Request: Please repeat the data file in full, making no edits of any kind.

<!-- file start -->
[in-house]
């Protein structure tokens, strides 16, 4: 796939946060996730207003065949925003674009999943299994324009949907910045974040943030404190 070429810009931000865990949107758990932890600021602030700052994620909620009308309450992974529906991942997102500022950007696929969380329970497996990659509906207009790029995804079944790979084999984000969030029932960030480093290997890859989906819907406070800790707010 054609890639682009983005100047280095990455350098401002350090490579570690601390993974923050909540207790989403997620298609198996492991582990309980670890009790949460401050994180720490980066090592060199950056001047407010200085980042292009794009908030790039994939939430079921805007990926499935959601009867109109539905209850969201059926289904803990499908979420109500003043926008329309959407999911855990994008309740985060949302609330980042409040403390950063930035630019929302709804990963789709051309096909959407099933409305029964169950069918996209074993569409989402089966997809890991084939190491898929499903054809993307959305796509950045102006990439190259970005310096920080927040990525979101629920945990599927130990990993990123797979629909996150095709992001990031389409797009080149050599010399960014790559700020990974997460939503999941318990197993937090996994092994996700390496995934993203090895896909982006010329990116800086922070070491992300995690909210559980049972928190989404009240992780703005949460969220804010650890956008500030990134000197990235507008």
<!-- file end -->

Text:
[in-house]
């Protein structure tokens, strides 16, 4: 796939946060996730207003065949925003674009999943299994324009949907910045974040943030404190 070429810009931000865990949107758990932890600021602030700052994620909620009308309450992974529906991942997102500022950007696929969380329970497996990659509906207009790029995804079944790979084999984000969030029932960030480093290997890859989906819907406070800790707010 054609890639682009983005100047280095990455350098401002350090490579570690601390993974923050909540207790989403997620298609198996492991582990309980670890009790949460401050994180720490980066090592060199950056001047407010200085980042292009794009908030790039994939939430079921805007990926499935959601009867109109539905209850969201059926289904803990499908979420109500003043926008329309959407999911855990994008309740985060949302609330980042409040403390950063930035630019929302709804990963789709051309096909959407099933409305029964169950069918996209074993569409989402089966997809890991084939190491898929499903054809993307959305796509950045102006990439190259970005310096920080927040990525979101629920945990599927130990990993990123797979629909996150095709992001990031389409797009080149050599010399960014790559700020990974997460939503999941318990197993937090996994092994996700390496995934993203090895896909982006010329990116800086922070070491992300995690909210559980049972928190989404009240992780703005949460969220804010650890956008500030990134000197990235507008």